6. ^ Cullinane 2016, p. 157.
  7. ^ Egan, John (2 August 2016). "Irish Dancing: How to tell your CRDM from your CRG and your WIDAs". The Irish World. Retrieved 15 November 2017.
  8. ^ Cullinane 2016, p. 17.
  9. ^ Cullinane 2003, p. 52.
  10. ^ Cullinane 2016, p. 158.
  11. ^ "An Comhdhail". Dancer's Web. 2016. Retrieved 15 November 2017.
  12. ^ Venable 2008, p. 139.
  13. ^ Foley, Catherine (2001). "Perceptions of Irish Step Dance: National, Global, and Local". Dance Research Journal. 33 (1): 34–45. doi:10.2307/1478855. JSTOR 1478855.
  14. ^ a b Quinlan, Áilín (18 May 2014). "Stepping into the bling ring of Irish dance". Irish Examiner. Retrieved 12 November 2017.
  15. ^ Boland, Rosita (4 April 2012). "Tale of two titles as Irish dancing does the splits". The Irish Times. Retrieved 12 November 2017.
  16. ^ Venable 2001, p. 284.
  17. ^ "History". An Comhdháil Branch of the Americas. Retrieved 10 November 2017.
  18. ^ "Belfast hosts World Irish Dance Championships". BBC News. 11 April 2017. Retrieved 10 November 2017.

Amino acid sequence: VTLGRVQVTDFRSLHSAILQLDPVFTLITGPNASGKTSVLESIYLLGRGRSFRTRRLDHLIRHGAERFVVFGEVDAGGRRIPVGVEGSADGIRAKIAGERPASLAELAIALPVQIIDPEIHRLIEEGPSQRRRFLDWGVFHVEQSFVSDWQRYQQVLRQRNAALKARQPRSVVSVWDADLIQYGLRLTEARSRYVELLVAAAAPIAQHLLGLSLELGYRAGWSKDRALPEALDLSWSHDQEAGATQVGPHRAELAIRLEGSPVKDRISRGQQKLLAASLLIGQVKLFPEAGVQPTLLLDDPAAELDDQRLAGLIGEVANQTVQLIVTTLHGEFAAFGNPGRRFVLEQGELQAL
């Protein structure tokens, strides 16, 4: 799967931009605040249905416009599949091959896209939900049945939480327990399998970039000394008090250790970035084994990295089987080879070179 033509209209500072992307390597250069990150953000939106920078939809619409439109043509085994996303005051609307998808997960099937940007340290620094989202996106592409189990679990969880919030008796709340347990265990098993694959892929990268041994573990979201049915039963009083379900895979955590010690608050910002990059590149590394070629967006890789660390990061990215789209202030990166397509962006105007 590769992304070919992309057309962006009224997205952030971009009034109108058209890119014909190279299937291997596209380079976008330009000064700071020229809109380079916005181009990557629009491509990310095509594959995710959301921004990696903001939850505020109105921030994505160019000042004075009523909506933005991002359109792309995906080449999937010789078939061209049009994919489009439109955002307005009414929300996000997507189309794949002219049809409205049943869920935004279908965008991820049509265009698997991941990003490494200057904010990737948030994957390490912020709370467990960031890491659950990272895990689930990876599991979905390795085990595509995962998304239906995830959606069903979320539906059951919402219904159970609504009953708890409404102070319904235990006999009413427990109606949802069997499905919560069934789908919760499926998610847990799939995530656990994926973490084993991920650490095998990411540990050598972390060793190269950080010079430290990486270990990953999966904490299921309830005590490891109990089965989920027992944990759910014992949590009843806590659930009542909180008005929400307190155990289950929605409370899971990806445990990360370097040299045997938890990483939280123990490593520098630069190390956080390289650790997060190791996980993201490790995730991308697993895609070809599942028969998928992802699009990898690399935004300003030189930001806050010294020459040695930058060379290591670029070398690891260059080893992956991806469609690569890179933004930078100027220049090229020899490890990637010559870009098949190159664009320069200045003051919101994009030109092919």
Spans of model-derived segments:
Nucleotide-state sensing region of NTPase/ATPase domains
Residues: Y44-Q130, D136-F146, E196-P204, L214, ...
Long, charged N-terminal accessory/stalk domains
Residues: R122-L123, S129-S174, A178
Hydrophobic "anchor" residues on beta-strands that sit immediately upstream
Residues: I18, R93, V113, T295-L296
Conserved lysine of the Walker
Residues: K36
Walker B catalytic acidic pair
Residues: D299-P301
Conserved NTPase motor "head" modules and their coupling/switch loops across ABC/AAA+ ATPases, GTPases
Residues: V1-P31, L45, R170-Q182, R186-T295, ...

19. ^ a b "Organisation". An Comhdháil Na Múinteoirí Le Rince Gaelacha. Retrieved 8 August 2017.
  20. ^ "An Comhdháil na Múinteoirí le Rincí Gaelacha | Glucksman Library". National Dance Archive of Ireland. University of Limerick Glucksman Library. Retrieved 15 November 2017.
  21. ^ Venable 2001, p. 281.
  22. ^ "Irish Dance Examinations". Scoil Rince Seoige. Retrieved 15 November 2017.
  23. ^ Foley, Catherine E. (2016). Step Dancing in Ireland: Culture and History. Routledge. p. 238. ISBN 9781317050056. Retrieved 10 November 2017.
  24. ^ Venable 2001, p. 285.
  25. ^ Egan, John (3 May 2017). "So many Irish Dancing World Championships – The Irish World". The Irish World. Retrieved 10 November 2017.


External linksEdit